Five interns have started their six-week paid internship at the Law Society of England and Wales as part of the #10000BlackInterns initiative.
The Law Society’s interns will work in various departments, including legal services, legal policy and people and organisational development. Their experience forms part of the #10000BlackInterns initiative, which offers paid work experience across over twenty sectors – including law – to create mentorship and sponsorship opportunities for Black talent.
The initiative was started to improve career prospects for Black youth in the UK and diversify the representation of Black talent across industries. According to the Law Society’s latest Annual Statistics Report, just 2.1% of solicitors with practising certificates identified as Black. Keen to challenge the lack of representation in the sector, in 2020, the Law Society held Achieving Change Together roundtables with law firms to understand the experiences of Black solicitors in large law firms, including their underrepresentation at senior levels.
Law Society president Stephanie Boyce said: “I am delighted to welcome five ambitious young people to the Law Society. I hope their internships provide building blocks for their future – I know the Law Society will be enriched by their time with us. Ninety legal and compliance firms are also participating in the scheme, which I am pleased to see, particularly as 10 of the larger law firms are opening their doors to host interns and help them gain experience to get on the career ladder.
“I’ve made no secret of the setbacks I faced trying to break into the legal sector. As I was brought up in a single-parent household on a council estate, I found I didn’t have the connections that others may have had to get their foot in the door when I was starting out.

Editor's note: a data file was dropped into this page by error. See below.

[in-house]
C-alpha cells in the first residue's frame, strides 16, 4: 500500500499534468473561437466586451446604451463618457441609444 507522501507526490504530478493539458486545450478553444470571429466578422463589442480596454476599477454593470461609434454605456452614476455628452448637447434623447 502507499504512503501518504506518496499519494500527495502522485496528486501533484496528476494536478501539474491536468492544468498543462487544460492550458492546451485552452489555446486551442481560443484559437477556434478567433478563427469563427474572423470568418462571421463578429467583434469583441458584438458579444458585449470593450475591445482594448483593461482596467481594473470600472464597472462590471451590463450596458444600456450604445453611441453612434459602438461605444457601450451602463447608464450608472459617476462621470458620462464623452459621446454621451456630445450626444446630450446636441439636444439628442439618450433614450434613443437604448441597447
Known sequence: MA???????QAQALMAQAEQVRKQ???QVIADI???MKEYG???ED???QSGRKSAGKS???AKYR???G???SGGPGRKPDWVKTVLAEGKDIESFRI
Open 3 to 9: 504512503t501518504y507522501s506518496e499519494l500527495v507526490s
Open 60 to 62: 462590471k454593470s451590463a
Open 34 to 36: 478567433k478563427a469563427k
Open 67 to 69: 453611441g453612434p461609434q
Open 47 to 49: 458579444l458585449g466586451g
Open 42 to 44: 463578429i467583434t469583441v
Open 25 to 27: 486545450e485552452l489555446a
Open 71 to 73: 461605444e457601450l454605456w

“However, I kept persevering and eventually qualified as a solicitor in 2002, having found a training contract at a local firm in Buckinghamshire.
“There is evidence to suggest that diversity in the profession varies greatly by the size of the firm and at different levels within the profession. The profession must continue to reflect on how we can welcome new voices and experiences into our businesses and how we can retain and progress them. It is imperative we talk openly and honestly to ensure we are creating a culture change in the organisations we work in, not just pursuing our own success.”
Law Society legal policy intern Dorcas Baah added: “I was incredibly motivated by the appointment of Stephanie Boyce as the Law Society’s president, as it gave a powerful example of representation. It showed me that I could make my mark in the legal profession despite any barriers I might face.
“I hope that by gaining this internship, I will similarly encourage other people from minority or disadvantaged backgrounds to work hard and aim for their ambitions in different sectors and organisations – even when they seem out of reach.”
For more information about the #10000BlackInterns initiative, click here.